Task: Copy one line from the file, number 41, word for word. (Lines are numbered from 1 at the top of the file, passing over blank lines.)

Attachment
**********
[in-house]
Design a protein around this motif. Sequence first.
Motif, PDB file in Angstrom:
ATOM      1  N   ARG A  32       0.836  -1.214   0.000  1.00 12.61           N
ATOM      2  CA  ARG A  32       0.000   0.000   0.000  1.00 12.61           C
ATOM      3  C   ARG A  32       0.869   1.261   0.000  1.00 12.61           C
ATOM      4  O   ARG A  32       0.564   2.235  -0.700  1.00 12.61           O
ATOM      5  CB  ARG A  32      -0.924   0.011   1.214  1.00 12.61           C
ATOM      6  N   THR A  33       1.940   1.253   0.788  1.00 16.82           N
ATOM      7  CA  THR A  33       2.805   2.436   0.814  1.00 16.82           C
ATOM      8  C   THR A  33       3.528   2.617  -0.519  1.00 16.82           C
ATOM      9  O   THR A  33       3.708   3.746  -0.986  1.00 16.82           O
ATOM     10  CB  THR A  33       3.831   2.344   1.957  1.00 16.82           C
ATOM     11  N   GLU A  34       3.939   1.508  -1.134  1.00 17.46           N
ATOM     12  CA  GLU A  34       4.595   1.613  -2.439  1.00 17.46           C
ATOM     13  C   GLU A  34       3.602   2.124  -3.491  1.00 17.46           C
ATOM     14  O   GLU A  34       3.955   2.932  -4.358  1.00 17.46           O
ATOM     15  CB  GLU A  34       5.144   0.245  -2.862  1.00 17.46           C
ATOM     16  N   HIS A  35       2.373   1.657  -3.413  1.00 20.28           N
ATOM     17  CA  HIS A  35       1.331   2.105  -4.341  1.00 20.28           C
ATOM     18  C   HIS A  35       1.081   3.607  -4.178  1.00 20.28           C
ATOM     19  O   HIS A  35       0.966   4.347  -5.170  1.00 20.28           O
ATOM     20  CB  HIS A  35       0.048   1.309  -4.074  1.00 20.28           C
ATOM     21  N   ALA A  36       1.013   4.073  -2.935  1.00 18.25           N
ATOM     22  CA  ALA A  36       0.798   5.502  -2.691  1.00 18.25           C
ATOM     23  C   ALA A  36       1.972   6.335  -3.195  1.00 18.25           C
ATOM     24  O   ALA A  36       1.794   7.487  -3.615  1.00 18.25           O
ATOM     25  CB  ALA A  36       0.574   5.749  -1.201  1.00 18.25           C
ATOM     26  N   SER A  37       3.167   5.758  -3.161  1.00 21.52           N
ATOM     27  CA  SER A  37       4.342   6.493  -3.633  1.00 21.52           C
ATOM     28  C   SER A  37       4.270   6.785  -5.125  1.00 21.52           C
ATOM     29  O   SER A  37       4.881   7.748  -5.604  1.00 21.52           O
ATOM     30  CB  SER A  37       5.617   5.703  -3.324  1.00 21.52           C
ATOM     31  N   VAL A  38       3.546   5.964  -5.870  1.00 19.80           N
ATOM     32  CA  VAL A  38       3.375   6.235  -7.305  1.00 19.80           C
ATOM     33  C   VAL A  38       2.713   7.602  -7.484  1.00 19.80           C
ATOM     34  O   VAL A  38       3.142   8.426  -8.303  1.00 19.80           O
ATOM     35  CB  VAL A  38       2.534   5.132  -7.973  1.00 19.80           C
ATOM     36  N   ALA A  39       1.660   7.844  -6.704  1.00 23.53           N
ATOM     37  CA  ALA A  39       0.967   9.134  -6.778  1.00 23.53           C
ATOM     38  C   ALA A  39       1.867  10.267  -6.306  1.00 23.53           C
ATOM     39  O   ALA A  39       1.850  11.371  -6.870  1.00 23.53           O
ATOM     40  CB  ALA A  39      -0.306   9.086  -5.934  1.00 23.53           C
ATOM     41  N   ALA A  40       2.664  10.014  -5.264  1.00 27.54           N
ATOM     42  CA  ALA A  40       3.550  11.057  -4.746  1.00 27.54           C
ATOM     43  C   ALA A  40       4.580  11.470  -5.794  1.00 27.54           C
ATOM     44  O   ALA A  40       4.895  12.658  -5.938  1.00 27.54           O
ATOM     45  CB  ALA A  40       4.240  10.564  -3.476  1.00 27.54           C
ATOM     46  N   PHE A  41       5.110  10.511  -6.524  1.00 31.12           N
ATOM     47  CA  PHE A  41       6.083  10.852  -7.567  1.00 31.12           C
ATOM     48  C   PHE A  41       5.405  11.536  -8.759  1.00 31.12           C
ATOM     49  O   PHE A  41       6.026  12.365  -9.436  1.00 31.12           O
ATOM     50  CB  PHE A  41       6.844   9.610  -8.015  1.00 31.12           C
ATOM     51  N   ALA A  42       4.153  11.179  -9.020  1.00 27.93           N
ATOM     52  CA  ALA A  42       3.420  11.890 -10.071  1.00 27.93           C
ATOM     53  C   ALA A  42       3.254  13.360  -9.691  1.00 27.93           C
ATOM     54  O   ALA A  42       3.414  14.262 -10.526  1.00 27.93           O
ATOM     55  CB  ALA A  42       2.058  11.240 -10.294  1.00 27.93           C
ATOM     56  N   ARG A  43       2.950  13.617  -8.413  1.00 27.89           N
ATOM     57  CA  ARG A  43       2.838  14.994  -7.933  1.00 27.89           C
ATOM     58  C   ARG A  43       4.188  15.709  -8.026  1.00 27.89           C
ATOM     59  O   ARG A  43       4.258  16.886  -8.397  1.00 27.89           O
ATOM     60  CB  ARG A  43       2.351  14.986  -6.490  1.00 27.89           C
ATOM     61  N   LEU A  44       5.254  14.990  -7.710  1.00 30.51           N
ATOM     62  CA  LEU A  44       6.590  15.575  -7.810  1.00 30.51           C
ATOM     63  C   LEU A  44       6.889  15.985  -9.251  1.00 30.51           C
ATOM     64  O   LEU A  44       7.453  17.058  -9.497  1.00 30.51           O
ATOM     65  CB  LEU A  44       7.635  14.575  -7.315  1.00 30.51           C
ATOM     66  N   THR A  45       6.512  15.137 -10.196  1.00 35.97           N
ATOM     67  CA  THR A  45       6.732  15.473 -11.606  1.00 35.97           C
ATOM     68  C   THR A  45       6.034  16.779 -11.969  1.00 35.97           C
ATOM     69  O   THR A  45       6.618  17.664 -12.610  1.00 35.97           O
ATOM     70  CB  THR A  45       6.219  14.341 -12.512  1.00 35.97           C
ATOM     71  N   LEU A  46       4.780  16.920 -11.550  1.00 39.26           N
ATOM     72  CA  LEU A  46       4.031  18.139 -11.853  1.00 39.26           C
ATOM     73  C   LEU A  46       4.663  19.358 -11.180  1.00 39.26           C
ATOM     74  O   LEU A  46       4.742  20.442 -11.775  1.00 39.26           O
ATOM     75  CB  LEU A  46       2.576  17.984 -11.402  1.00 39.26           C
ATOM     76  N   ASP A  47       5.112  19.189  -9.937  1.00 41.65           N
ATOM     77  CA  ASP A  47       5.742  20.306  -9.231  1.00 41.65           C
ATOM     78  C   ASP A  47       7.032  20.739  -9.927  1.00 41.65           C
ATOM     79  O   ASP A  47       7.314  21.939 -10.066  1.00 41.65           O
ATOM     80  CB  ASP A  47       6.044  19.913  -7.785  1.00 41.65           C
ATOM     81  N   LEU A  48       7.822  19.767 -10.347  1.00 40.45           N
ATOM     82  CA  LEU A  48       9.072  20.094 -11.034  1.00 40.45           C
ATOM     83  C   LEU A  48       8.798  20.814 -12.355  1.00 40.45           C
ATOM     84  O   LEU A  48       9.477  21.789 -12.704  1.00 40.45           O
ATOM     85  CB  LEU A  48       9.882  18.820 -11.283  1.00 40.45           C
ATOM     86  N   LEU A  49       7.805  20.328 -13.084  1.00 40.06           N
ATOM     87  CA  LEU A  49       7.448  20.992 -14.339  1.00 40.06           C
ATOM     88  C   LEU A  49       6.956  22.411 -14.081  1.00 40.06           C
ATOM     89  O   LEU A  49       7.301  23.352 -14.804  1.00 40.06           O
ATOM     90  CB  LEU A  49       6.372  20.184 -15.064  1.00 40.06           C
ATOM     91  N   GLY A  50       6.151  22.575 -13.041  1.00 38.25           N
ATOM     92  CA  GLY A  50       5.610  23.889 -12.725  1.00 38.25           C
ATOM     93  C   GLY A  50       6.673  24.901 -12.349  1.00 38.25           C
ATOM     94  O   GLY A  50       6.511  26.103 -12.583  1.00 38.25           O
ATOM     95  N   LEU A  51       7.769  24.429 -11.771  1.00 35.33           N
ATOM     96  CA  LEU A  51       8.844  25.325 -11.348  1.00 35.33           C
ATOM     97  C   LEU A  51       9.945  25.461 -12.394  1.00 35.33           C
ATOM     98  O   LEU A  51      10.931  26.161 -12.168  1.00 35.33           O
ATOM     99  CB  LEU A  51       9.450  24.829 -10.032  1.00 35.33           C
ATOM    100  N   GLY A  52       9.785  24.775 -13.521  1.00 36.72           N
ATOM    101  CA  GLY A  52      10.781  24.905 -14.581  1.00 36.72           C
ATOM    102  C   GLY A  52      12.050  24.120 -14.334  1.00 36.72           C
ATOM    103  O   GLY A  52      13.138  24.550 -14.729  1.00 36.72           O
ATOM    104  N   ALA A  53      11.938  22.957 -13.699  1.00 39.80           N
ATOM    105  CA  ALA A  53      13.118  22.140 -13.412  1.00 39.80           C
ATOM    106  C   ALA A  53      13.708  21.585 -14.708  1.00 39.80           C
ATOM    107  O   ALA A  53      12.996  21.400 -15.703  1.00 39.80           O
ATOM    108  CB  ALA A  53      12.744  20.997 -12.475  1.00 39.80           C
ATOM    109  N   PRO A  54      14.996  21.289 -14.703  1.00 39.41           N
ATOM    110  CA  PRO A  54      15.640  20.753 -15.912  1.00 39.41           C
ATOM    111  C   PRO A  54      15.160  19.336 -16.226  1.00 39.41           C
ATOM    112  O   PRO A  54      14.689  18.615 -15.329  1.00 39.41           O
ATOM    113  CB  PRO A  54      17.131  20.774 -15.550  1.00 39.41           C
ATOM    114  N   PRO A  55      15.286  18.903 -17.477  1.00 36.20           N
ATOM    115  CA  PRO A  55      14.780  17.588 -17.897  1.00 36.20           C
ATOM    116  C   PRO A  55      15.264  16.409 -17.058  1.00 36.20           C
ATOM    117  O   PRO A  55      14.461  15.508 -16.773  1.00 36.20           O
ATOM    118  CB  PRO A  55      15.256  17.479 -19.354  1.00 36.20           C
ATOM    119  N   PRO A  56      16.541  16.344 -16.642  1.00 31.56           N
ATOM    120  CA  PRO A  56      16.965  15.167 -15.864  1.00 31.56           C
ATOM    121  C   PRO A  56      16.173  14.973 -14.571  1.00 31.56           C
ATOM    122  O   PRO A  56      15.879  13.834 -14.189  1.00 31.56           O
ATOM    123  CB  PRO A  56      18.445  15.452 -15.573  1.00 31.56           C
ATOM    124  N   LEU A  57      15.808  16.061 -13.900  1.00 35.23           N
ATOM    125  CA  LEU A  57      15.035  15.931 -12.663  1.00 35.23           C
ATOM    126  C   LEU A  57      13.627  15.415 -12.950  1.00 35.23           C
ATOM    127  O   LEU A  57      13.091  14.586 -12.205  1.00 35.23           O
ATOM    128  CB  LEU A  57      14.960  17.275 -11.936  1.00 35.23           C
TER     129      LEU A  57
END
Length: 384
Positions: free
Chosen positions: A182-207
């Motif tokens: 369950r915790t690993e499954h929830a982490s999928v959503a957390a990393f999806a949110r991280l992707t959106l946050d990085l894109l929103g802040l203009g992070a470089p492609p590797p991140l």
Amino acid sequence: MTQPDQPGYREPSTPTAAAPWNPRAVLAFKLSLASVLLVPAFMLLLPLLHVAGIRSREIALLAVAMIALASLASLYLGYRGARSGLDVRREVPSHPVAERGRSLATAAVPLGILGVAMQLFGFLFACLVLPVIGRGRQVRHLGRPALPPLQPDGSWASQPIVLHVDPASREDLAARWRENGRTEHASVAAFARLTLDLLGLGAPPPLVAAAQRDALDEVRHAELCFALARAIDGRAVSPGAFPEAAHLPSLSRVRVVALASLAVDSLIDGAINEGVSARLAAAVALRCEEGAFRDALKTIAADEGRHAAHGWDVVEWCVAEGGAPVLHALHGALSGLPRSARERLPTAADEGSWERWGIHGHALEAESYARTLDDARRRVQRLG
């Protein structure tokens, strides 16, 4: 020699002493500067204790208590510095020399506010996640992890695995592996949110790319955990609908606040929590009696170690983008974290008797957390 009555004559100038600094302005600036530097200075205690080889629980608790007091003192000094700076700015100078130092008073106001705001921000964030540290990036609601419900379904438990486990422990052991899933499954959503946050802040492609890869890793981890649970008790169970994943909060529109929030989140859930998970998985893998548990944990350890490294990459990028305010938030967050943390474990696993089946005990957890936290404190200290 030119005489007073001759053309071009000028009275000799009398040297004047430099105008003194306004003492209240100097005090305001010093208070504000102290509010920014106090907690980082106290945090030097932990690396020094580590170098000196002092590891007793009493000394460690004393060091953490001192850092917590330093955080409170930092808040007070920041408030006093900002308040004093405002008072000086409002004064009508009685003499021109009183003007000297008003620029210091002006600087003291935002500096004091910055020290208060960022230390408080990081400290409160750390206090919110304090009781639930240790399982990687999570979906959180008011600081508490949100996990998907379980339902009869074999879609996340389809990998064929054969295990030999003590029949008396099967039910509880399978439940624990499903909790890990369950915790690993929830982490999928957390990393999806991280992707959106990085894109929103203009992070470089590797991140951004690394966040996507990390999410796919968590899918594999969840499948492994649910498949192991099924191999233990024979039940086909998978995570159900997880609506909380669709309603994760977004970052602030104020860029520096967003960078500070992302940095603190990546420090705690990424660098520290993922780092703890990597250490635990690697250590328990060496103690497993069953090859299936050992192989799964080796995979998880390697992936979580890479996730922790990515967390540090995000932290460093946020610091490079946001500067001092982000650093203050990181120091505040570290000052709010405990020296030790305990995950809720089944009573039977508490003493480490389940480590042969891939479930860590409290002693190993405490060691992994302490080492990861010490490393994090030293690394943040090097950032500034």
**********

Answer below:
ATOM     38  C   ALA A  39       1.867  10.267  -6.306  1.00 23.53           C